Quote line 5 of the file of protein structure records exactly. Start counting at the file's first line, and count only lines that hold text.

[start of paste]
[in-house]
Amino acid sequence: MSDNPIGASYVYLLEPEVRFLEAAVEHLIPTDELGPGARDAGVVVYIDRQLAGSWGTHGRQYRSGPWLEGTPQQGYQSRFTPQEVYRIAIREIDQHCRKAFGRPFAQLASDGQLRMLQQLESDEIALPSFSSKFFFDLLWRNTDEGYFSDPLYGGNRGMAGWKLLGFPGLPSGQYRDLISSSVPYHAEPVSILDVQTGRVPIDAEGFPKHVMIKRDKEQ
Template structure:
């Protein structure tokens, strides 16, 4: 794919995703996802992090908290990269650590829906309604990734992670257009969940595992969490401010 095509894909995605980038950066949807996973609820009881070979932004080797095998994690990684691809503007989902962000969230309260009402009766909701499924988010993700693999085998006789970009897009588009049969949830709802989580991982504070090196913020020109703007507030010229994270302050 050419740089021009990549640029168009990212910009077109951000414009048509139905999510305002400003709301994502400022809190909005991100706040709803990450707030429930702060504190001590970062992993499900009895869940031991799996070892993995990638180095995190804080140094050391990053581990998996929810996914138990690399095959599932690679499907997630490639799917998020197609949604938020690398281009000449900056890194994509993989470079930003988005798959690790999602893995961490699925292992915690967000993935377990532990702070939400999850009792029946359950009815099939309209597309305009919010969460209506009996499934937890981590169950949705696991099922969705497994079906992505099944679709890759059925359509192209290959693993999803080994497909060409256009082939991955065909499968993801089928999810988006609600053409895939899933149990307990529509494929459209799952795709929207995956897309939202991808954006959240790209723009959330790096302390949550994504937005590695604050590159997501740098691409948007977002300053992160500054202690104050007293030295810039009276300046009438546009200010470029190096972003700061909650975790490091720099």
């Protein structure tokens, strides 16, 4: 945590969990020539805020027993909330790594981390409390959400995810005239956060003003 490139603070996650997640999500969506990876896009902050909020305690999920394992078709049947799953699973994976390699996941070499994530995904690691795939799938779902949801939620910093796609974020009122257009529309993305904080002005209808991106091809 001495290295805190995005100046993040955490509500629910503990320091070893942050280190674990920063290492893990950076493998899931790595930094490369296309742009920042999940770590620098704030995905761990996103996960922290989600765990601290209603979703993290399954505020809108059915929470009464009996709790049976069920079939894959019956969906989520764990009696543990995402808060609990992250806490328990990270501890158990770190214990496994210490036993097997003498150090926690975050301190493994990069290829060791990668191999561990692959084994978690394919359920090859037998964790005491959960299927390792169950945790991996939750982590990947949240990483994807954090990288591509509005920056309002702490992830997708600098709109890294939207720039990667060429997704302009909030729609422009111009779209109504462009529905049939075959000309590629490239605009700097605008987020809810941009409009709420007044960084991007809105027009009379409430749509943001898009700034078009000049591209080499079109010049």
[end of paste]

């Protein structure tokens, strides 16, 4: 945590969990020539805020027993909330790594981390409390959400995810005239956060003003 490139603070996650997640999500969506990876896009902050909020305690999920394992078709049947799953699973994976390699996941070499994530995904690691795939799938779902949801939620910093796609974020009122257009529309993305904080002005209808991106091809 001495290295805190995005100046993040955490509500629910503990320091070893942050280190674990920063290492893990950076493998899931790595930094490369296309742009920042999940770590620098704030995905761990996103996960922290989600765990601290209603979703993290399954505020809108059915929470009464009996709790049976069920079939894959019956969906989520764990009696543990995402808060609990992250806490328990990270501890158990770190214990496994210490036993097997003498150090926690975050301190493994990069290829060791990668191999561990692959084994978690394919359920090859037998964790005491959960299927390792169950945790991996939750982590990947949240990483994807954090990288591509509005920056309002702490992830997708600098709109890294939207720039990667060429997704302009909030729609422009111009779209109504462009529905049939075959000309590629490239605009700097605008987020809810941009409009709420007044960084991007809105027009009379409430749509943001898009700034078009000049591209080499079109010049």